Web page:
Arguing for a system free of omniscient financiers
A Call for Judgment:
Sensible Finance for a Dynamic Economy
by Amar Bhidé
Oxford University Press, USA
$29.95 List Price
The decades-long boom in financial services has created tremendous wealth for a handful of people. The once-stodgy banking sector became a Xanadu for the quantitatively gifted, attracting talent that might have once been drawn to industry or academia. But has this transformation contributed to the growth of the real economy? In A Call for Judgment, economist Amar Bhidé argues that it has not. Rather, it has undermined the foundations of free-market capitalism by encouraging a dangerous centralization of financial decision making.
Unlike Simon Johnson and Joseph Stiglitz, economists who've also been sharply critical of the US financial system, Bhidé is an unapologetic classical liberal. In his 2008 book, The Venturesome Economy, he offered a brilliant critique of "techno-nationalism"—the view that innovation is driven by large public and corporate investments in research and development. Rather, Bhidé argued, the most important kind of innovation in a modern economy is the incremental, ground-level kind that's driven by consumers and the entrepreneurs who serve them. Yet as Bhidé writes in his new book, this dynamism—this perpetual cycle of economic reinvention—must rest on a financial system founded on the principles of forward-looking, case-by-case judgment. Decades of misregulation have, in his view, given us instead what he calls a system of "robotic finance," and the consequences have been nothing short of catastrophic.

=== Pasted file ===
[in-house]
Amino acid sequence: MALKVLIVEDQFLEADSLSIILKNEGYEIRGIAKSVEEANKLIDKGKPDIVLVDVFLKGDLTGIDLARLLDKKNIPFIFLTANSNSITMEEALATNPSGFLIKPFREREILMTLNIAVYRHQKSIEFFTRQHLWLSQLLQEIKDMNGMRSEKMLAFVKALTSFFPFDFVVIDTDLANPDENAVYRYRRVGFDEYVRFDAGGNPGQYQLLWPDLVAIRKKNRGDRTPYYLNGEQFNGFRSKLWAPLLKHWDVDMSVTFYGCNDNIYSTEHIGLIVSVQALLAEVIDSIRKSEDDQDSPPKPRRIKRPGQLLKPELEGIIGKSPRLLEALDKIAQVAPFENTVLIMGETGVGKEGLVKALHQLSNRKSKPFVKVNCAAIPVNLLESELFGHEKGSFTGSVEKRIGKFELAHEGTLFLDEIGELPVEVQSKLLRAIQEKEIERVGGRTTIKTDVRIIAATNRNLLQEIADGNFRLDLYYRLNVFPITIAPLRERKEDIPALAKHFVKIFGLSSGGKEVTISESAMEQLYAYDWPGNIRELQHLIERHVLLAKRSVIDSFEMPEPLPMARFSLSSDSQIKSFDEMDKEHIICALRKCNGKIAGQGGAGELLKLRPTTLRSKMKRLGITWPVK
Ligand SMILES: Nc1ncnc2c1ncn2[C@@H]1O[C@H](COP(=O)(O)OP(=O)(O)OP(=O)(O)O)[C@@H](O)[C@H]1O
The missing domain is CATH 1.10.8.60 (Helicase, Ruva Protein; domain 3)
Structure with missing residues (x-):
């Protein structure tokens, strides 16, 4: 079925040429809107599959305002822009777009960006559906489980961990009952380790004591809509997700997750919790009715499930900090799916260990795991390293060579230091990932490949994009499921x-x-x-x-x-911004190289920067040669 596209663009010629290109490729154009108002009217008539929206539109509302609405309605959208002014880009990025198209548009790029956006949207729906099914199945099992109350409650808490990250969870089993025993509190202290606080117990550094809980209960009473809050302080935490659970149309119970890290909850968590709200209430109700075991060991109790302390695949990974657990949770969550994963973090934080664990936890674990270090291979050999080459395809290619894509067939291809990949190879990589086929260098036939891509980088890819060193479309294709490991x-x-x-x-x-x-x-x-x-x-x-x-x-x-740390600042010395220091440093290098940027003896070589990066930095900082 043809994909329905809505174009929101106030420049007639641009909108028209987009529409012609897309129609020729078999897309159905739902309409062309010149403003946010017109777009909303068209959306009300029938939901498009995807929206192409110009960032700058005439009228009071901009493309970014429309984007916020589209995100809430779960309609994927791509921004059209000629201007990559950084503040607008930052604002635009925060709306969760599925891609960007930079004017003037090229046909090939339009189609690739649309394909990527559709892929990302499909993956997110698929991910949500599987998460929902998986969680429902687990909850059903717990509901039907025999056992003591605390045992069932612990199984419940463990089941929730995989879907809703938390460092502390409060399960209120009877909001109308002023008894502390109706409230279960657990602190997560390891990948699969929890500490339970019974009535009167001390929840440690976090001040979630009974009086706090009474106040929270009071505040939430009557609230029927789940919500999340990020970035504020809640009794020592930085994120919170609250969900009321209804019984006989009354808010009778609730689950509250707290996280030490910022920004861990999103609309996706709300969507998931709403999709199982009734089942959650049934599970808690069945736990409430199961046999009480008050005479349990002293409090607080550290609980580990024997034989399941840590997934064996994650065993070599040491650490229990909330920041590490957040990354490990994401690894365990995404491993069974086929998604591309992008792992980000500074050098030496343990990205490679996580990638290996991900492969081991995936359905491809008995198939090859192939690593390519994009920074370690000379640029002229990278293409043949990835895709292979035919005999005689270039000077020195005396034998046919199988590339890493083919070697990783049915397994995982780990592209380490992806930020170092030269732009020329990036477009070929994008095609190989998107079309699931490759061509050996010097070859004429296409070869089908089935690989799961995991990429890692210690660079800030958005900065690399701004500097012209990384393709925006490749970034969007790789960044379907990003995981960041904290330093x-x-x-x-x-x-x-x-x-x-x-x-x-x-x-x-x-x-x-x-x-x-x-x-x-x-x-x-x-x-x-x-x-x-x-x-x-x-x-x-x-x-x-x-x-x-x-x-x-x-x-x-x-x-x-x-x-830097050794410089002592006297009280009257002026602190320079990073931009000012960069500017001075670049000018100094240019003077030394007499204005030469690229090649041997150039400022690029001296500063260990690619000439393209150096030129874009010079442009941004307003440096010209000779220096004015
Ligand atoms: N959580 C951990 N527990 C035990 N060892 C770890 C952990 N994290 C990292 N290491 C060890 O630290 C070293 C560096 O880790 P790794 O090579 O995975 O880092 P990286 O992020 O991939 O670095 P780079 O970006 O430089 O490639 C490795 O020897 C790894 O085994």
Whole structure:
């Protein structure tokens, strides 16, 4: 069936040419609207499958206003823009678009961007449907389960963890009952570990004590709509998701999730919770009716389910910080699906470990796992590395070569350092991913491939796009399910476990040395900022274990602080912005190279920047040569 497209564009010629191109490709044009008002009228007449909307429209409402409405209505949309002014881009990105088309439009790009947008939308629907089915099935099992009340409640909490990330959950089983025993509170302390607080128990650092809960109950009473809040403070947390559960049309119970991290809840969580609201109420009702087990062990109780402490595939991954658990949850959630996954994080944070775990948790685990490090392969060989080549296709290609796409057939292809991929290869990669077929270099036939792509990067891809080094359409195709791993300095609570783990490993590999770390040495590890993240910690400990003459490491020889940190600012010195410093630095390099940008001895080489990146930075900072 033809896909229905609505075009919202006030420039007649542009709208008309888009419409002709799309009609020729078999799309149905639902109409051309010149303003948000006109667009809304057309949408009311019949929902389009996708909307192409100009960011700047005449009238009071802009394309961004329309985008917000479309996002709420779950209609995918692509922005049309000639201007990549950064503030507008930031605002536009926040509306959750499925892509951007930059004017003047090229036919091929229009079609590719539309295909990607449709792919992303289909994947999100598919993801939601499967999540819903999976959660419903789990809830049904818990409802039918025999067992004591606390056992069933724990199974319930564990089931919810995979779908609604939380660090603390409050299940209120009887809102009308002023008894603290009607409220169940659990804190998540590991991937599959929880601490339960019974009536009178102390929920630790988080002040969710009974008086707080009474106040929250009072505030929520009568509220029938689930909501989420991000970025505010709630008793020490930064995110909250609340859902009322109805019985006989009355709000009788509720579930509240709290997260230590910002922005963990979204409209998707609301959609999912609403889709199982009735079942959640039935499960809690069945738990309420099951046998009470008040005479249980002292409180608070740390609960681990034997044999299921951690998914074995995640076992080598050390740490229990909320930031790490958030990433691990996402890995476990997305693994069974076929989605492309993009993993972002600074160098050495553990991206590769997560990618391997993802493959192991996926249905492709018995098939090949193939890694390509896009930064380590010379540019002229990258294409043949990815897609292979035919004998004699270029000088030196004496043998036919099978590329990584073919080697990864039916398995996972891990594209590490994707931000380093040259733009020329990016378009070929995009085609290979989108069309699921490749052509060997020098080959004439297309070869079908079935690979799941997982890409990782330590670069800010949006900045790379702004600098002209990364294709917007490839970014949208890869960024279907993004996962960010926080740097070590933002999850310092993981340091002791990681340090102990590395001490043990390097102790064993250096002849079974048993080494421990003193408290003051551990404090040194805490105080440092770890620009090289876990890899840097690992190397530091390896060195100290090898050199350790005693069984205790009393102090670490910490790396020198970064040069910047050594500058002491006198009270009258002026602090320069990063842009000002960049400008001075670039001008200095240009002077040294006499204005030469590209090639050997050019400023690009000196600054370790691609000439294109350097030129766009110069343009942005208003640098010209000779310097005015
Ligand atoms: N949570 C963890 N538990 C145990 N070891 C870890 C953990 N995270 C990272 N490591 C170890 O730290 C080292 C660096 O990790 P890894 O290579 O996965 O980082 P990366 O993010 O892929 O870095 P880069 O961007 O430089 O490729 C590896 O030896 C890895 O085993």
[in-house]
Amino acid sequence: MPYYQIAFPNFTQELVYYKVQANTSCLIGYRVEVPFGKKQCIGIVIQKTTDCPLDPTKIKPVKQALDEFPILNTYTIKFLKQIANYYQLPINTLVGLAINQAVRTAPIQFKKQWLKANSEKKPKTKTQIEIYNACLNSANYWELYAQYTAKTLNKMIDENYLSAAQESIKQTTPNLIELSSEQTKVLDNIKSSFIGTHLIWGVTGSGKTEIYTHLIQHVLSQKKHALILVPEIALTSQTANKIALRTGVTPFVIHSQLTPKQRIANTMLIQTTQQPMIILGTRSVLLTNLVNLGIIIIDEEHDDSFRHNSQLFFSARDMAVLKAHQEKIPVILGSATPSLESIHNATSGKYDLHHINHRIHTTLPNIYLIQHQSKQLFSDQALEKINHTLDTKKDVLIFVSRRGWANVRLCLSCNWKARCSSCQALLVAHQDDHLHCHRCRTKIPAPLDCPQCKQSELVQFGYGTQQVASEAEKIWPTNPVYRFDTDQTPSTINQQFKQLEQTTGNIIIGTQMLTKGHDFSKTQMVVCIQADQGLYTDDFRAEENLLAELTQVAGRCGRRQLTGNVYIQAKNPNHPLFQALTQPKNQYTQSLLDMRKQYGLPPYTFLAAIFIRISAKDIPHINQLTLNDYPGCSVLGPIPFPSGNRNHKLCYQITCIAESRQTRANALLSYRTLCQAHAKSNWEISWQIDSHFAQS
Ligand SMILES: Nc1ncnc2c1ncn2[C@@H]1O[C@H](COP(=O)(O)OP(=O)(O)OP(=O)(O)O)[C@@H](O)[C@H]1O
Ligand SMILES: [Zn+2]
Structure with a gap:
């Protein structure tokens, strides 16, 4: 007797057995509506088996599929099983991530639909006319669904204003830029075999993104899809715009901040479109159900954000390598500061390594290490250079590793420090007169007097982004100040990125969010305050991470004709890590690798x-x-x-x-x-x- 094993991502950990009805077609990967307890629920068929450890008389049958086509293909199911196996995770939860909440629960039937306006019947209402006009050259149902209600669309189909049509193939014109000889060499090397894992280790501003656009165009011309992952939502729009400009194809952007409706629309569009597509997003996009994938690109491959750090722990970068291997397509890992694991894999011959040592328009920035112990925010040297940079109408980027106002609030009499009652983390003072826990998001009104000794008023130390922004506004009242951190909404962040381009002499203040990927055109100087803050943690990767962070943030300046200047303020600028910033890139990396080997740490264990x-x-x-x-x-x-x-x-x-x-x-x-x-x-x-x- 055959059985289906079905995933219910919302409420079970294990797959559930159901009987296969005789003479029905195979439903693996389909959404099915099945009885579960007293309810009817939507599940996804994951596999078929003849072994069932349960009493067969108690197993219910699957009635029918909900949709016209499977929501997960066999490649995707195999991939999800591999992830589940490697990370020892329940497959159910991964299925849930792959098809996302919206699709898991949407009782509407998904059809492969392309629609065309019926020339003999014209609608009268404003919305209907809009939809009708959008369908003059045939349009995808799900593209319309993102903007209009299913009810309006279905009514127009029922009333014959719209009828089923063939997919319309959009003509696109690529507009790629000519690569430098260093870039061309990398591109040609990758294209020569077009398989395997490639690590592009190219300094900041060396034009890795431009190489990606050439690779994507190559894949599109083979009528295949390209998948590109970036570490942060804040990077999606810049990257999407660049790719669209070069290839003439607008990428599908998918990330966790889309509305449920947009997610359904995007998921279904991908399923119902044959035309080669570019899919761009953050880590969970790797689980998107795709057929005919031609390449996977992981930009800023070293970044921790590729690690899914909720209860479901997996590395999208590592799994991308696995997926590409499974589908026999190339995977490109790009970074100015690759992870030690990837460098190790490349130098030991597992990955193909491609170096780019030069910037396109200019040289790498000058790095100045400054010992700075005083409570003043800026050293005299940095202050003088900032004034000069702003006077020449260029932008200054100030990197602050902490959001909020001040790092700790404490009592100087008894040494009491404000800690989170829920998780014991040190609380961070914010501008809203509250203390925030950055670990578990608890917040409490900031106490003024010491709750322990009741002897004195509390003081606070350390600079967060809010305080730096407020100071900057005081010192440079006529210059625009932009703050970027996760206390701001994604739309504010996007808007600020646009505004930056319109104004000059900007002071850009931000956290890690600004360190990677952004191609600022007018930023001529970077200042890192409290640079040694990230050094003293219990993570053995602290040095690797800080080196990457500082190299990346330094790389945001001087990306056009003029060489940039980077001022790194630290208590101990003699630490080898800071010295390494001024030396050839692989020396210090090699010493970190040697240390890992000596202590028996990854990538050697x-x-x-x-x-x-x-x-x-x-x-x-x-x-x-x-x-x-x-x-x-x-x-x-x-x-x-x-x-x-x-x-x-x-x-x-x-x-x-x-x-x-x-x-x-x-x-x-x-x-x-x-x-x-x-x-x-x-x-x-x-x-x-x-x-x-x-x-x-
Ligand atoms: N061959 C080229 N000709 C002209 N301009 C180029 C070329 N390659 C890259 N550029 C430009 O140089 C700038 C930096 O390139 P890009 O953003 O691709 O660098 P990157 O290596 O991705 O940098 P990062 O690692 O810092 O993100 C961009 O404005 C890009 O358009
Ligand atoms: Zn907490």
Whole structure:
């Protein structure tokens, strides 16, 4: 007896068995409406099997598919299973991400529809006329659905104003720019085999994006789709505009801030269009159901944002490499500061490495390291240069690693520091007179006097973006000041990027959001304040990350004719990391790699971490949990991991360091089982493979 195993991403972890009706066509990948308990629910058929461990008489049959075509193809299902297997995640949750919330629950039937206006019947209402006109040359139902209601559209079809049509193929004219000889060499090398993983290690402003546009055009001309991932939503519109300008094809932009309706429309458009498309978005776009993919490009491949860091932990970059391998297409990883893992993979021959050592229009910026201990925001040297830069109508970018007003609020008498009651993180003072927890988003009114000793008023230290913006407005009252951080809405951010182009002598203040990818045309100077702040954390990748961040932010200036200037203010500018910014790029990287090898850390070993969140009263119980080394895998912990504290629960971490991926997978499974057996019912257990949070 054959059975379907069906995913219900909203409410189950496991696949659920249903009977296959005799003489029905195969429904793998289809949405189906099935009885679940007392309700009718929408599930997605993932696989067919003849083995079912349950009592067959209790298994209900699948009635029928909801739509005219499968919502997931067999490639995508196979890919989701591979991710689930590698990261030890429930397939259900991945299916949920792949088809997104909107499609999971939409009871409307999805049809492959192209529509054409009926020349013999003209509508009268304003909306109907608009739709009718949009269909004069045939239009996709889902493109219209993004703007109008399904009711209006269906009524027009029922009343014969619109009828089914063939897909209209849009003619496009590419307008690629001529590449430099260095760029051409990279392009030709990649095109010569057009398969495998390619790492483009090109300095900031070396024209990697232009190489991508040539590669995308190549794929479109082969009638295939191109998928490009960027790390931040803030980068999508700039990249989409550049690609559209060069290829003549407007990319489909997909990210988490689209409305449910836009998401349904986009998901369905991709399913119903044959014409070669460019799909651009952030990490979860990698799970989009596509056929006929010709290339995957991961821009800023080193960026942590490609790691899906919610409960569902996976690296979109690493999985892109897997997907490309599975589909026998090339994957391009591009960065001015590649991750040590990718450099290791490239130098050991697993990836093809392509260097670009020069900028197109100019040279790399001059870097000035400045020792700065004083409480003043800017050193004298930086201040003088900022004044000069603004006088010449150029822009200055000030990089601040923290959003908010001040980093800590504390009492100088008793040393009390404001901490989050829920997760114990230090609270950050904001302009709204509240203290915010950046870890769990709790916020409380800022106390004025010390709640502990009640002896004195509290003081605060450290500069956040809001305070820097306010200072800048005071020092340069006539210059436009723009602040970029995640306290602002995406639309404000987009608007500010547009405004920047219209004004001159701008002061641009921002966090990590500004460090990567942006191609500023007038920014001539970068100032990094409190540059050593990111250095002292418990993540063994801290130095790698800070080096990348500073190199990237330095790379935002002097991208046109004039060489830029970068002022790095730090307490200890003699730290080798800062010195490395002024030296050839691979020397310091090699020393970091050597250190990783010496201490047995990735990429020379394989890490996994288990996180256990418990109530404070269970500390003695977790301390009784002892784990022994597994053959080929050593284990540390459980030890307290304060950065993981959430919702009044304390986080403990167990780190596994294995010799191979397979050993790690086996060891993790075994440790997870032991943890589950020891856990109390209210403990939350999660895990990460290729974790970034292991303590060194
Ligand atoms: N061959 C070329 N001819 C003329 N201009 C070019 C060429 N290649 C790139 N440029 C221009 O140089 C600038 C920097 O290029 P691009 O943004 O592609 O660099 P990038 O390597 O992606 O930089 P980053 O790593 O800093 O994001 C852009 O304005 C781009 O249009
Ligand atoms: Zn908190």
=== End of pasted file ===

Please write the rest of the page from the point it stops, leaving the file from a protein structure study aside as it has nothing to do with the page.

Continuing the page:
To make his case, Bhidé draws on the work of Friedrich Hayek and the lesser-known Frank Knight, both of whom were central to the midcentury revival of